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He 'Freaked Out' at Meeting, Party Aide Says : Japan Premier Denies He Plans to Quit

June 29, 1989|From Times Wire Services

TOKYO — Prime Minister Sosuke Uno, chosen by the governing party as a "Mr. Clean" to rescue it from scandal, was kept busy Wednesday denying he might resign because of allegations about his sexual conduct.

In exchanges with reporters throughout the day, Uno repeatedly denied reports that, in meetings late Tuesday, leaders of his Liberal Democratic Party had to persuade him not to resign over allegations he kept paid mistresses.

As Uno was denying reports he planned to resign, an employee at the prime minister's residence and a party aide told reporters that Uno was put to bed Tuesday night by senior party members staying there to discuss the scandal.

"I thought he might have had a nervous breakdown last night," the aide said.

"The whole thing is he freaked out over how he's going to appear overseas at the (Paris) summit next month," he said.

"He's afraid those leaders won't even want to shake hands with him."

Uno is scheduled to attend a summit of the world's seven top industrialized nations in the French capital.

Uno said Wednesday, "I'm not such an irresponsible person" as to resign before making political reforms he promised on taking office June 2. He told lawmakers and businessmen at a trade meeting that he will attend the summit.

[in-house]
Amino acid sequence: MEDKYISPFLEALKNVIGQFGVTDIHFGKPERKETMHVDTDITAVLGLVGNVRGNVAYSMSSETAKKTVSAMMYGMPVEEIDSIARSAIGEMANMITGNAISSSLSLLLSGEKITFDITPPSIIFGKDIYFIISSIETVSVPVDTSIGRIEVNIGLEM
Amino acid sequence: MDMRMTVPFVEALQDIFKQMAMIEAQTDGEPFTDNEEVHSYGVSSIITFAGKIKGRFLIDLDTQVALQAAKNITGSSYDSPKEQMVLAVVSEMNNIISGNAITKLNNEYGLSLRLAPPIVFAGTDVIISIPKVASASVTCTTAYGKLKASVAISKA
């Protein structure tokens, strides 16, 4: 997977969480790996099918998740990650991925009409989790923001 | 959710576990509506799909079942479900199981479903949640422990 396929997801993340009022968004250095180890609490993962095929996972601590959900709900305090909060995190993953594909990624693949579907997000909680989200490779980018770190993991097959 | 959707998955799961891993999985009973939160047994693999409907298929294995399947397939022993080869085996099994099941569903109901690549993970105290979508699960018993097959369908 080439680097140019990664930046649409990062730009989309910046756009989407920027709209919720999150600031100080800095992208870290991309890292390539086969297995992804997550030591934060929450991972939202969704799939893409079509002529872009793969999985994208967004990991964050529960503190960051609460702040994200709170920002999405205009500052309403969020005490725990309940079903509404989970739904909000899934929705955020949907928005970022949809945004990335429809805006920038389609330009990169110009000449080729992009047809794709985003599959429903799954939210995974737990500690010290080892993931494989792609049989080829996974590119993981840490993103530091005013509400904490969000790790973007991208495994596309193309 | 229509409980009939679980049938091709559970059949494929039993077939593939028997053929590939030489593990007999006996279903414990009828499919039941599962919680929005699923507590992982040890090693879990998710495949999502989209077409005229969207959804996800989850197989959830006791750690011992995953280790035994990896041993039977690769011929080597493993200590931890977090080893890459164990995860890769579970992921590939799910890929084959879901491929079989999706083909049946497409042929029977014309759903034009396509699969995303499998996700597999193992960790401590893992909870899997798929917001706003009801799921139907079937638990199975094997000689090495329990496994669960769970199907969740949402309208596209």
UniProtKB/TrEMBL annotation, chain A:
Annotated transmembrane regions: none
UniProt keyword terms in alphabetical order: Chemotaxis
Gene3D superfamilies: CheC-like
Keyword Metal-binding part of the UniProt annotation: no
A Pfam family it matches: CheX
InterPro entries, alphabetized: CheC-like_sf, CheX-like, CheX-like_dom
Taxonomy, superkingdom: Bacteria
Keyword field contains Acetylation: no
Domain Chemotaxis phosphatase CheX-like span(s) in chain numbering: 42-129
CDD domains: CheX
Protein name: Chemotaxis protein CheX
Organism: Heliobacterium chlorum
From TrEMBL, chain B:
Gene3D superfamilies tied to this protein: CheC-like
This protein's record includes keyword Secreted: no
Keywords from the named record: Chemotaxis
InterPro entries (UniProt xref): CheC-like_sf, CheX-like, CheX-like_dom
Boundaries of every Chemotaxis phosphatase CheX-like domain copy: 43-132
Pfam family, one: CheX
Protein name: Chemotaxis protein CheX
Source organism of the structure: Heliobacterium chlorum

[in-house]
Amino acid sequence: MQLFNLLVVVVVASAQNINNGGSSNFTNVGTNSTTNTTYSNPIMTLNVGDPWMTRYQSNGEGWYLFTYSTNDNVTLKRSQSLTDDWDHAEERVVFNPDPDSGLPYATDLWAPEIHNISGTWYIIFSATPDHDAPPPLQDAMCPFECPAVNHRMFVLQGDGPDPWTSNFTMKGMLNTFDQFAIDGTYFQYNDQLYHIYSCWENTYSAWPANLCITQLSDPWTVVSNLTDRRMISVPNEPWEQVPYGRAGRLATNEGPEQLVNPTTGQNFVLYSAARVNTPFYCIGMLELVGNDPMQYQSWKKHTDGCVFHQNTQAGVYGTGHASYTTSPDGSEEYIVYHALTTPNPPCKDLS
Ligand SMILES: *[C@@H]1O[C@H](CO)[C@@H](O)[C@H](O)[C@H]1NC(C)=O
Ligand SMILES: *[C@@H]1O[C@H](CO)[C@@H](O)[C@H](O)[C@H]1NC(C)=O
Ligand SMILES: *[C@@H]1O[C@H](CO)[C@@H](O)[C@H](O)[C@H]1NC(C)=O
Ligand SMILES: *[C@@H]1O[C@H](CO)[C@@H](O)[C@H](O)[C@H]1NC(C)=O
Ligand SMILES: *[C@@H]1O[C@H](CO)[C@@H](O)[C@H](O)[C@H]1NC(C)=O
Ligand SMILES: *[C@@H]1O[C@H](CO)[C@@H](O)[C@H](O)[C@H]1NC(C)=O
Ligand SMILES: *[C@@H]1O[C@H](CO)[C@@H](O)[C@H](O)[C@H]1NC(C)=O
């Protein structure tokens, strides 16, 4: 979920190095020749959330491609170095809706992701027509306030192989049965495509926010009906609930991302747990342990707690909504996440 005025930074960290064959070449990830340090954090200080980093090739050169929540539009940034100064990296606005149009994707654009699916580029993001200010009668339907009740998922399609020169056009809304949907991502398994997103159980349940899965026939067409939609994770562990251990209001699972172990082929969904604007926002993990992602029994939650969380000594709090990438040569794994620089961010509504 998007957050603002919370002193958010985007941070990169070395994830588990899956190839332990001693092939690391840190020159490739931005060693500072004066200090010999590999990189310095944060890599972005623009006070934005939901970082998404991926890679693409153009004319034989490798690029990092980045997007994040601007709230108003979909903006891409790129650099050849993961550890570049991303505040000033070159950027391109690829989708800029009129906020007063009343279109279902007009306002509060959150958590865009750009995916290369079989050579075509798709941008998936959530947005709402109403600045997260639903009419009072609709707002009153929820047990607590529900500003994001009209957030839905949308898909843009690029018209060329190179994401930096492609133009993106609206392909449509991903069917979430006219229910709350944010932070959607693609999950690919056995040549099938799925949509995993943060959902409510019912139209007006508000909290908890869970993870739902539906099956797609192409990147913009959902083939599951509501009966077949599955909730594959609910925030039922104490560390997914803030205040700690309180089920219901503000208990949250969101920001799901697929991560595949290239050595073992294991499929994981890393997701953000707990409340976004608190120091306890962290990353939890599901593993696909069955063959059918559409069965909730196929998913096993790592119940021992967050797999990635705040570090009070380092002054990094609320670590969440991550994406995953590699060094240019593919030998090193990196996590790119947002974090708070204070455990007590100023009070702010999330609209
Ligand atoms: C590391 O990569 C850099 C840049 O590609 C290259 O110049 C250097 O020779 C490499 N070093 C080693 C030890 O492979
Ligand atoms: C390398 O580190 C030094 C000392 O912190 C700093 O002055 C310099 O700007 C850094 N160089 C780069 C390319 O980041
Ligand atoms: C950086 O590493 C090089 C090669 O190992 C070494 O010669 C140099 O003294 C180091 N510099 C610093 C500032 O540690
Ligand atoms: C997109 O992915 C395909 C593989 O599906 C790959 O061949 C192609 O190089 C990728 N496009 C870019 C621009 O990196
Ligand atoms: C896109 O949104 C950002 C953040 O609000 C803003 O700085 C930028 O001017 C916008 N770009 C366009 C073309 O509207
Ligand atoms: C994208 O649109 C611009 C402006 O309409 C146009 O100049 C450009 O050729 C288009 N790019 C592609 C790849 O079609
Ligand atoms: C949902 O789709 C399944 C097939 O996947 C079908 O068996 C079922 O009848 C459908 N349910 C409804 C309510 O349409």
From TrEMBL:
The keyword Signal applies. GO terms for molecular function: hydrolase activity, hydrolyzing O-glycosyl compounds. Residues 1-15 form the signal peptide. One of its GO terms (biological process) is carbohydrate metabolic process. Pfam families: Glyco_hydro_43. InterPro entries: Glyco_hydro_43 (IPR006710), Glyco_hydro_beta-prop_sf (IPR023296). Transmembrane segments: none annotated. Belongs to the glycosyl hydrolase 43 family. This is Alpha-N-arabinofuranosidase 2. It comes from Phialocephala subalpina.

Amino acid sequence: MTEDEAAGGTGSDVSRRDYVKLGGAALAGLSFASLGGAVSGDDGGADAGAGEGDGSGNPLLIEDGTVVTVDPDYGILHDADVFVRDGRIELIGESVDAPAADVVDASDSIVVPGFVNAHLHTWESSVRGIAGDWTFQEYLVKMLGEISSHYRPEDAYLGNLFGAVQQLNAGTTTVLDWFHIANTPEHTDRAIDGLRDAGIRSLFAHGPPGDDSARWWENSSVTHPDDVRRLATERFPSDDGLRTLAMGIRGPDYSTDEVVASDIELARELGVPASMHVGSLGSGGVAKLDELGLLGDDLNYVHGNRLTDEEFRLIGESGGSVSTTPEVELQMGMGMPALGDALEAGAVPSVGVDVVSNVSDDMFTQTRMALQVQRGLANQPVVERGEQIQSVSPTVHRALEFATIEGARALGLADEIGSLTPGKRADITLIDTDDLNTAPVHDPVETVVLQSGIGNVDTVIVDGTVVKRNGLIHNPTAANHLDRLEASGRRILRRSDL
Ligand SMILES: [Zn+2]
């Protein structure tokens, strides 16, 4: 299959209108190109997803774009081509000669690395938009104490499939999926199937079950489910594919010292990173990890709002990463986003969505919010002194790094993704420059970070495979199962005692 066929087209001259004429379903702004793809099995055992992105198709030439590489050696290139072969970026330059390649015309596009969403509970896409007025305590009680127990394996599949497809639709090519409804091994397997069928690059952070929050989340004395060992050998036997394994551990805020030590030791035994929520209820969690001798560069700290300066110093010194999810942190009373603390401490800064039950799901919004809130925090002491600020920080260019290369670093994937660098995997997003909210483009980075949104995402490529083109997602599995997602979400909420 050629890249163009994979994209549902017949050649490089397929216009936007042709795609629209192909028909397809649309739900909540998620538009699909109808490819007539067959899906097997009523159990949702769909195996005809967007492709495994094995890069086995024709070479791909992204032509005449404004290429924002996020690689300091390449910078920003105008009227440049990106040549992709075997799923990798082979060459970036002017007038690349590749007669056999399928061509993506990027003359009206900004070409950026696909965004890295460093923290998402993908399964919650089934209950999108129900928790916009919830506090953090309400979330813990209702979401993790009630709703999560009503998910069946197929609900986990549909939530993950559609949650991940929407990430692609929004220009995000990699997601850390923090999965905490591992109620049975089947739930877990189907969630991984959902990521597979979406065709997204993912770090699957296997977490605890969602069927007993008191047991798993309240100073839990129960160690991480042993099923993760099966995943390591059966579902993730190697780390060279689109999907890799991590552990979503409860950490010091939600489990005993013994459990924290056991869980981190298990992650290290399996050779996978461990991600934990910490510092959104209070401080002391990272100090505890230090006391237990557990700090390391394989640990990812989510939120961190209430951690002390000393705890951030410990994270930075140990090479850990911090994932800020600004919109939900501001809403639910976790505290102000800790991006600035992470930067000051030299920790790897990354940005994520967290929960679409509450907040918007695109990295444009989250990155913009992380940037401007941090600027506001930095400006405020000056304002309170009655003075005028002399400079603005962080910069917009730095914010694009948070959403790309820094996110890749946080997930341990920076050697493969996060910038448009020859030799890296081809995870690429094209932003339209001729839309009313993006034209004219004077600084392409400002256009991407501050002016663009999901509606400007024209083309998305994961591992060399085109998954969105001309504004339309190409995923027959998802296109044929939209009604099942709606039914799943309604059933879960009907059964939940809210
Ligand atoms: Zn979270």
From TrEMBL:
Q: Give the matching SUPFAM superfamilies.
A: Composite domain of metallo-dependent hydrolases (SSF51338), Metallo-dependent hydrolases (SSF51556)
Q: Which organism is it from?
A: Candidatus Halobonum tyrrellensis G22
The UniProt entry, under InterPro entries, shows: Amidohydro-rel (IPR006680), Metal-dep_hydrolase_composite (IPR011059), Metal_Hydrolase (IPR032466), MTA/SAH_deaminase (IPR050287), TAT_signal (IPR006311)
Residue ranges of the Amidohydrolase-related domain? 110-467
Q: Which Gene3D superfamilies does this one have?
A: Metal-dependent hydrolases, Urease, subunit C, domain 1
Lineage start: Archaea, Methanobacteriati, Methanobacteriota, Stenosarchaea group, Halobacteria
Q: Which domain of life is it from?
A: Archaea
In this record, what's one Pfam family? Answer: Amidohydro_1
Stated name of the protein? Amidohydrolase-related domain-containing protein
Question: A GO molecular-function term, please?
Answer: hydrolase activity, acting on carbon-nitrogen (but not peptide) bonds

Despite Uno's denials, stock prices in Tokyo plunged Wednesday.

Reports about Uno's alleged "woman problem" have increased in the past week.

Mitsuko Nakanishi, a former geisha, said on television Sunday that the prime minister, who is married, paid her to be his mistress in 1985. The same allegation had appeared in a national magazine, without naming Nakanishi.

Two weekly magazines said later that Uno had kept two other mistresses.

One reported that a former geisha known professionally as Hatsuko said she was paid 100,000 yen ($700) a month for 10 years until 1985. The other quoted his former secretary as saying that, from 1962 to 1972, Uno paid an unknown sum to a Ginza bar hostess identified only as Ms. Y, who became pregnant and had an abortion.

In Parliament earlier this week, Uno would not answer questions about the alleged affair.

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